Park Avenue in Winter Park

WINTER PARK — The City of Winter Park has a lot of assets when it comes to attracting tourists and visitors, from the popular shops and restaurants along Park Avenue to brand new shopping plazas like Lakeside at Winter Park.

But does this affluent city close to Orlando also have a homeless problem?

That’s what several people wanted to know on Friday when two city officials held a public meeting at Winter Park City Hall to talk about community issues.

Winter Park homeless problem
Kyle Dudgeon, the assistant director of the City of Winter Park (left), and Jeff Briggs, the city’s Planning Manager, address the public during a meeting on Friday.

During the meeting, held in the City Commission Chambers, Kyle Dudgeon, the assistant director of the City of Winter Park, and Jeff Briggs, manager of the city’s Planning Department, were repeatedly asked about how the city deals with the homeless, including when it comes to the matter of aggressive panhandling.

Dudgeon noted that the city’s police officers often take the approach of trying to connect homeless people with municipal services designed to help them get back on their feet.

“PD (the Police Department) tries to provide opportunities for folks to get services,” Dudgeon said, “using the carrot over the stick approach.”

Briggs, though, noted that when panhandling gets too aggressive, the officers can take stronger action.

“When their behavior gets out of control, that’s another matter,” Briggs said.

The issue is bit more complex in Winter Park, Briggs noted, because Park Avenue often attracts a different kind of street person looking to earn money — including musicians who perform in Central Park.


How Did the City Deal With Street Performers?

In 2015, the City Commission approved an ordinance to ban street performers in the downtown historic district. That proposal was first approved by the city’s Parks and Recreation Board.

The ordinance was also endorsed by the Park Avenue Merchants Association after more than a few of their members complained about loud noise from street musicians and sidewalks getting blocked, making it harder for tourists and pedestrians to get around.

There were also complaints that these street musicians were using speakers to perform right outside retail shops and restaurants, hindering business on the avenue.

Briggs said there was a feeling that some of these street performers were getting out of control.

“We had people coming down with car batteries and hooking them up to an amplifier and rocking and rolling,” he said.

In drafting this proposal, the city often referred to a similar ban in the city of St. Augustine, which also took aim at street performers.

The performances were banned in the public areas of Winter Park’s Central Business and Hannibal Square districts, including Central Park and the Farmers’ Market, unless they were part of special events sponsored by or approved by the city.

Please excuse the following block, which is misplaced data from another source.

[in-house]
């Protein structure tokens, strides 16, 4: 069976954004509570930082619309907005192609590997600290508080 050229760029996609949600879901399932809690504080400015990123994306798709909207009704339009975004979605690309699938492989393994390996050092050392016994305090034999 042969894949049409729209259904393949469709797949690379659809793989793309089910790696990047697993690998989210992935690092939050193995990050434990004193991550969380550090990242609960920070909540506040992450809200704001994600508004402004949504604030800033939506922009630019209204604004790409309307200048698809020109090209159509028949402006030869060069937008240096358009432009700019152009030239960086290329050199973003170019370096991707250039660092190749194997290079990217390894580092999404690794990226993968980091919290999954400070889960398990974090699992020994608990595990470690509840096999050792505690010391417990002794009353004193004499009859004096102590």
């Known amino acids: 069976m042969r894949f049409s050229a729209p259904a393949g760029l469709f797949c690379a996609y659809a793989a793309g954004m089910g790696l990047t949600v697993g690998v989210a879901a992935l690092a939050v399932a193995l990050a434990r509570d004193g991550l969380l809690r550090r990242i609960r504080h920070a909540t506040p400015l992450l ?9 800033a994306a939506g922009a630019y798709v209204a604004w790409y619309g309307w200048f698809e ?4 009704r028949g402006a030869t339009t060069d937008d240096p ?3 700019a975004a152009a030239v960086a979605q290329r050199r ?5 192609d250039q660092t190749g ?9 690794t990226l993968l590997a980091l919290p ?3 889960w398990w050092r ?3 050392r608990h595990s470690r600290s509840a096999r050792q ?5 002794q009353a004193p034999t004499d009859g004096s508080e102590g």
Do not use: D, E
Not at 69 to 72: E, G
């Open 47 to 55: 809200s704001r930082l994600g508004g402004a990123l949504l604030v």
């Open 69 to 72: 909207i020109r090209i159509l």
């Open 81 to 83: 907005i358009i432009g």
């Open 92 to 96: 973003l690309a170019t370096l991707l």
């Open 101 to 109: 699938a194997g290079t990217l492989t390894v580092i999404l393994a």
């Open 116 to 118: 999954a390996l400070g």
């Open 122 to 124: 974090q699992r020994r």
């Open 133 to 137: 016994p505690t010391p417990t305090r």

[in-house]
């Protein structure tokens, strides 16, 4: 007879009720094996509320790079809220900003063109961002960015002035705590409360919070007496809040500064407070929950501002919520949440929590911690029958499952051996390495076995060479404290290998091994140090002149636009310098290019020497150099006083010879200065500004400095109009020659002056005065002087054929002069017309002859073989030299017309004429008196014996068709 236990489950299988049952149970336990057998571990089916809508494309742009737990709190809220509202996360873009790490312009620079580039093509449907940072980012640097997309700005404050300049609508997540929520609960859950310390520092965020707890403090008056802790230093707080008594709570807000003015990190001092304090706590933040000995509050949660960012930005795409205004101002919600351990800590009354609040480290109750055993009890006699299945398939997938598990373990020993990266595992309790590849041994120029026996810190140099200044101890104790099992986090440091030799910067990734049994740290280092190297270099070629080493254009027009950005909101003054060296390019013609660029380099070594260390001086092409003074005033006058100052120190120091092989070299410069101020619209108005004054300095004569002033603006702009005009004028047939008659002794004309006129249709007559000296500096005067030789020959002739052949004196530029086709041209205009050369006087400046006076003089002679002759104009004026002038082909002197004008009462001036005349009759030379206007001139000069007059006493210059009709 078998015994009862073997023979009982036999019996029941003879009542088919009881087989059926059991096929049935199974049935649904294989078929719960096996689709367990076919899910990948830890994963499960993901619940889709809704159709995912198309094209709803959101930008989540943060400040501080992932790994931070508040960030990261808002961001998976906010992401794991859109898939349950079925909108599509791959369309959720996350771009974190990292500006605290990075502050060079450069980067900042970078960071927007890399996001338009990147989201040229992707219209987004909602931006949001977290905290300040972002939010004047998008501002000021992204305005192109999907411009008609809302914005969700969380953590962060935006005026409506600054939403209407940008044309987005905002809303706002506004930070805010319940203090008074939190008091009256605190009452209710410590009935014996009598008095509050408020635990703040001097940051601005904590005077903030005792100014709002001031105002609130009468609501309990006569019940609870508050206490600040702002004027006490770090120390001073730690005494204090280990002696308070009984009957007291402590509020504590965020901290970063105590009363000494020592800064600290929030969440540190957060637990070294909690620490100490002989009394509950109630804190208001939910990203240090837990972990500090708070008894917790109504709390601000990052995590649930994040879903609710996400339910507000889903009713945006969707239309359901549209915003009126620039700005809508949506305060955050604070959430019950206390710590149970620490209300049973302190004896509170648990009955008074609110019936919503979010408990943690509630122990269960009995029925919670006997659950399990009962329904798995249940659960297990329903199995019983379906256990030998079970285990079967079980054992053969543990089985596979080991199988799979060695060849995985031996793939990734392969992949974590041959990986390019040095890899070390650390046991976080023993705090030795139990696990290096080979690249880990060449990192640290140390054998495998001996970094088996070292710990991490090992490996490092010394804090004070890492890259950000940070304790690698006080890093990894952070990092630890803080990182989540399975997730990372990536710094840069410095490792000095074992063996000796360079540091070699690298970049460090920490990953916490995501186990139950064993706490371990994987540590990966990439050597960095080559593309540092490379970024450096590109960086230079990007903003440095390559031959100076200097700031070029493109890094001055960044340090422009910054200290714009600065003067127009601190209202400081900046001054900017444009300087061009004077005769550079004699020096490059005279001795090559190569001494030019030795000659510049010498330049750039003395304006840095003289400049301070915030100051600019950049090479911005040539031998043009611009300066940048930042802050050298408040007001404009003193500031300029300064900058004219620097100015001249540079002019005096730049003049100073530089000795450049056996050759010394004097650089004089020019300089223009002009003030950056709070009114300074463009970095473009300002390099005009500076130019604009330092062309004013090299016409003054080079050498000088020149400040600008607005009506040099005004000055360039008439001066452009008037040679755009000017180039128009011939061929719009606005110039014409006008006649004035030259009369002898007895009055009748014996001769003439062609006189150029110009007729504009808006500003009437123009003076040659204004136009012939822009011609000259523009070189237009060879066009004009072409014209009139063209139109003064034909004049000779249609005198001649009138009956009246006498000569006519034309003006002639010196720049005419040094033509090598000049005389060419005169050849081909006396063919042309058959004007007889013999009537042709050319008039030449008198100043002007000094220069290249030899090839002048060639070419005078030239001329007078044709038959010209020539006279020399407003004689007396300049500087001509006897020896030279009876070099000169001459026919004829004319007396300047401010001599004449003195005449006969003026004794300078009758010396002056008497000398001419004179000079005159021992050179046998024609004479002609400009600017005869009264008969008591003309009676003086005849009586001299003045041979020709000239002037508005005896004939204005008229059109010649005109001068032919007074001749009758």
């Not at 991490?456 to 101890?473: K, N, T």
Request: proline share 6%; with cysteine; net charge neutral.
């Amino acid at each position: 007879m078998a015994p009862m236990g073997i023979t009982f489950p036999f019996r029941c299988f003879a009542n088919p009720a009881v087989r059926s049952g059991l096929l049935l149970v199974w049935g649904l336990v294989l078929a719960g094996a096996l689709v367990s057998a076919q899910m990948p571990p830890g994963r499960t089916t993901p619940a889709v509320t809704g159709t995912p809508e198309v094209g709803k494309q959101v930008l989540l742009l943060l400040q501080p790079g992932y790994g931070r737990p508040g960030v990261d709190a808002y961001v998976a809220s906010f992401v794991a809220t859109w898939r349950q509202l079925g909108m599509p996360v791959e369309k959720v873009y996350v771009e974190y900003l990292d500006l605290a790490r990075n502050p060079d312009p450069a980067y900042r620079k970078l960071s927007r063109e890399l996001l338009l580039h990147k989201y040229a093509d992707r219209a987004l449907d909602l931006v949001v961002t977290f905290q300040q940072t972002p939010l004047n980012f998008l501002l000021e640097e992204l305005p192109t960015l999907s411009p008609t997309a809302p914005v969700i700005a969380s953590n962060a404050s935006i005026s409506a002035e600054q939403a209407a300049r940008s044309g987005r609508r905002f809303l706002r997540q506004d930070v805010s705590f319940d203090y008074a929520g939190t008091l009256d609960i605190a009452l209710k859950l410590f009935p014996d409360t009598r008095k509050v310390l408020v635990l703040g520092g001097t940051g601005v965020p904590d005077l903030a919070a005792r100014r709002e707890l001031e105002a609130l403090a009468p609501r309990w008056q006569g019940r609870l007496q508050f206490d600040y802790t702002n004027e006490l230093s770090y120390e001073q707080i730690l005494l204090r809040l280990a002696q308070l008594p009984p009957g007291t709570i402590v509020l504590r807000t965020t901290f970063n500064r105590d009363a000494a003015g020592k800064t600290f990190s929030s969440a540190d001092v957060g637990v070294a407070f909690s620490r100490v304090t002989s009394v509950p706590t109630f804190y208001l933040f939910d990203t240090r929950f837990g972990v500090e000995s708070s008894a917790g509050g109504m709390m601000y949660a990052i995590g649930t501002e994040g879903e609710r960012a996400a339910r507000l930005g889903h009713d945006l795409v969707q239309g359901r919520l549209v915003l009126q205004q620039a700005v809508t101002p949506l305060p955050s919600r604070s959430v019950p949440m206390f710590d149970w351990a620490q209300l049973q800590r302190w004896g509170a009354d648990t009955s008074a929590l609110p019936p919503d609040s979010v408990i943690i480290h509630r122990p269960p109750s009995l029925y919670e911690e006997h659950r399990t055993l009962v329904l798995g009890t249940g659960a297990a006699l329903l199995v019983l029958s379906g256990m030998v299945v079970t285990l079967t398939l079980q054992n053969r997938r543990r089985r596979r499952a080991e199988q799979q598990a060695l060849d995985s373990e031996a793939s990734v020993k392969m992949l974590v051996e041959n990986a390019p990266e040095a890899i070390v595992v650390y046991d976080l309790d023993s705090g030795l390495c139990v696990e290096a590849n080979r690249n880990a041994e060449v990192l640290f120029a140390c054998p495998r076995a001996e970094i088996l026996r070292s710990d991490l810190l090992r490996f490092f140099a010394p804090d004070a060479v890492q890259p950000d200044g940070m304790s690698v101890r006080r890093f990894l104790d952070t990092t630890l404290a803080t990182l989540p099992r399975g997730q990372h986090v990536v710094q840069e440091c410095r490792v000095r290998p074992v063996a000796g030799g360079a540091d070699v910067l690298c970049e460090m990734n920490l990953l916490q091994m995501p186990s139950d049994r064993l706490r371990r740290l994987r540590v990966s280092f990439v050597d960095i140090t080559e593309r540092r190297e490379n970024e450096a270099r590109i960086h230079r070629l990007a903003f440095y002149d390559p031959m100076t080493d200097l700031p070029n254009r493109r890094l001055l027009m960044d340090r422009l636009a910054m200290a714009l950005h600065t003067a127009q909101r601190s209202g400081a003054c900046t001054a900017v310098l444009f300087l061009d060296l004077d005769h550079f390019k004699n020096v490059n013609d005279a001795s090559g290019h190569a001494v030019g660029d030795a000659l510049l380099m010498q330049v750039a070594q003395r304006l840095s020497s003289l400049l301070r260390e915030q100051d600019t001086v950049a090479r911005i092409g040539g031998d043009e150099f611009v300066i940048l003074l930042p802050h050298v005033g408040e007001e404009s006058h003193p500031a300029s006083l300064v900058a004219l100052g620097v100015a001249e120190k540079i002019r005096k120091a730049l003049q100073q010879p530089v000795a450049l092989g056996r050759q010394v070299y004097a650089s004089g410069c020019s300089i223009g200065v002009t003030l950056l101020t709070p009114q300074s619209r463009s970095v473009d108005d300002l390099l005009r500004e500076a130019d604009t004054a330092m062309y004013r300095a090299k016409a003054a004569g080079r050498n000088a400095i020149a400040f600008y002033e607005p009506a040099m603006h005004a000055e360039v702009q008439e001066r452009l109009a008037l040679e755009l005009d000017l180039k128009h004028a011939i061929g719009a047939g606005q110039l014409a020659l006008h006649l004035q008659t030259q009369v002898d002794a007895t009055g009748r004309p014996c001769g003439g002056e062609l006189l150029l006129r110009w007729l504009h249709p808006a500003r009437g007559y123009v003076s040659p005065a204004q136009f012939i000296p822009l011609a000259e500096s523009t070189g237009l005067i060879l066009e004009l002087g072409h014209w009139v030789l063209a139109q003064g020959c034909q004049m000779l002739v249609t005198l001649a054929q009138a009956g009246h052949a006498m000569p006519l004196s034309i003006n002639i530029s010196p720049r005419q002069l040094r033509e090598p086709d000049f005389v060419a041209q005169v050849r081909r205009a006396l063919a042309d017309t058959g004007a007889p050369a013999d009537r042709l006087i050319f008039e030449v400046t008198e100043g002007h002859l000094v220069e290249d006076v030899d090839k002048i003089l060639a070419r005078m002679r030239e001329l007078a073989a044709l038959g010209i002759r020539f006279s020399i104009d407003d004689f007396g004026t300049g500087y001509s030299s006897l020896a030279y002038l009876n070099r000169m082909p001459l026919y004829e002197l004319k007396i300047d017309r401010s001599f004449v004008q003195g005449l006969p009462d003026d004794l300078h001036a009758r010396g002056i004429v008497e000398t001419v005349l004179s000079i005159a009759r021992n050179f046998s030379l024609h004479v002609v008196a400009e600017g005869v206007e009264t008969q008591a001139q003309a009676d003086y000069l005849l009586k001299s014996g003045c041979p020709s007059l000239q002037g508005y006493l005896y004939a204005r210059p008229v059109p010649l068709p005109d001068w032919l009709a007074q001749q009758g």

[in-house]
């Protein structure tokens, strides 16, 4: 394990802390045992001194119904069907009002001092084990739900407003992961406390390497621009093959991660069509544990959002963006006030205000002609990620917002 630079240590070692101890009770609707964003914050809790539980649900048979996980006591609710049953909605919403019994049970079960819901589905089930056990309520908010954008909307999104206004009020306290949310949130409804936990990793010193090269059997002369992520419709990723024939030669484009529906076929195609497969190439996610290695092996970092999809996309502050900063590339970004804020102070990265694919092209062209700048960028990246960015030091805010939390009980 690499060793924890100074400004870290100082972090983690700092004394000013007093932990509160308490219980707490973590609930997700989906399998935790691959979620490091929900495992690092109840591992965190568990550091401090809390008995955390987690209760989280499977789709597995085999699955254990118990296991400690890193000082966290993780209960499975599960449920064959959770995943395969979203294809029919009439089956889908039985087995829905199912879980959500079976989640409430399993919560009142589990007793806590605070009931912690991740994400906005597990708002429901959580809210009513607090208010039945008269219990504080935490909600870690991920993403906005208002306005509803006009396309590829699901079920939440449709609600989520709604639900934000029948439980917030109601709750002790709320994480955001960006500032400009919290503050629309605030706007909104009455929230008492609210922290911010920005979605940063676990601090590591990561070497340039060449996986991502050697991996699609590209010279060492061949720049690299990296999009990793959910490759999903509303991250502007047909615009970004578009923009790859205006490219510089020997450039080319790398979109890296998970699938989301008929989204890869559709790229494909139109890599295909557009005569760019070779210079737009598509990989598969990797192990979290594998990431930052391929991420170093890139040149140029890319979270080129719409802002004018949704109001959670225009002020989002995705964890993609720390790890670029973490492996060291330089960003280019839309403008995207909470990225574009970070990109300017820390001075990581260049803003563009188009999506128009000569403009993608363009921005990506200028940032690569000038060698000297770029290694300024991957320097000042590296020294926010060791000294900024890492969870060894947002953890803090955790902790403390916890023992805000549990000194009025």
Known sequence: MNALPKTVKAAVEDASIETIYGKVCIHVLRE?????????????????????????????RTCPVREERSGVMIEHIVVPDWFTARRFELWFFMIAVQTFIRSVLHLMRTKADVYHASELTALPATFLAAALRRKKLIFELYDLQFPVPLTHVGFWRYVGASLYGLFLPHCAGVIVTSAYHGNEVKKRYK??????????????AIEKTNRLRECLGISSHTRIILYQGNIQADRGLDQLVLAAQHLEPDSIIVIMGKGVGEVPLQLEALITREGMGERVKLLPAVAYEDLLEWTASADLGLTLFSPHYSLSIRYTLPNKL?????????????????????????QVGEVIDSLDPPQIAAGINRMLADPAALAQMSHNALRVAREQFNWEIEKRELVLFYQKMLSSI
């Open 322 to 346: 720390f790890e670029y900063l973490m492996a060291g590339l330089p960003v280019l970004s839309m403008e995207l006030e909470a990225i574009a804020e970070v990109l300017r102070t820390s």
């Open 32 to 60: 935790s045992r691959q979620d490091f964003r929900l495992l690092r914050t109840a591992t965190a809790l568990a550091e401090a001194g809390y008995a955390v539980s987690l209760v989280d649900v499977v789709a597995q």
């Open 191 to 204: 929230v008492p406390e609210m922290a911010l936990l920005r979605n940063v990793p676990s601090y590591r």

To deal with First Amendment concerns, the city also created two “First Amendment zones” specifically for performances and other “First Amendment activities.”


Which City Agency Deals with the Homeless?

When asked if it was the responsibility of police officers to deal with the homeless, Dudgeon noted that “We have two Community Resource officers, and that is part of their task.”

He added that technically, this issue falls under the jurisdiction of the city’s Fire Department.

“Our code enforcement (for the homeless) is actually under our Fire Department,” he said.

Asked if the city has a set policy on dealing with the homeless, or if officers respond only after a resident or business owners files a complaints, Briggs noted, “It’s mostly complaint driven.”

The issue of homelessness is becoming a bigger concern across the region. Central Florida’s homeless population may have increased significantly in the past year because of families dislocated by Hurricane Irma, which struck Florida in September 2017, and Hurricane Maria, which devastated Puerto Rico last year, knocking out power to virtually the entire island. Quite a few of the island’s residents tried relocating to Central Florida later in the year.

Their numbers swelled so quickly that in March, the Heart of Florida United Way even launched a new Hurricane Maria housing assistance program for displaced Puerto Ricans who lacked the deposits needed to move into a home or apartment.

Orange County Mayor Teresa Jacobs worked with the United Way on this program, because more than 1,000 families and individuals were still staying in Central Florida motel rooms paid for by FEMA.



While the hurricanes definitely didn’t help, the other major challenge is that housing in Central Florida has become considerably more expensive as the economy has gotten stronger.

The real estate website Zillow ranks Orlando’s housing market as “Hot,” noting that the median home value in Orlando is now $230,300, and that Orlando home values have risen 8.6 percent in the past year.

The median price of homes now listed for sale in Orlando is $282,425 while the median price of homes that sold recently is $232,300. The median rent in the City Beautiful is $1,591.

Those prices may be on the way up, as the Central Florida economy gets stronger. On Friday, the office of Gov. Rick Scott noted that August 2018 marked 41 consecutive months of the Orlando area having the highest job creation in the state.

The Orlando area, which includes Winter Park, added 51,500 new private-sector jobs in the past year. The unemployment rate in Orlando was 3.4 percent, below the national average of 3.9 percent.

Winter Park remains one of the most highly desirable places to live in Central Florida, and housing there is even more expensive.

Michael Freeman is an Orlando journalist, playwright and author of the book “Of Cats And Wolves.” Contact him at

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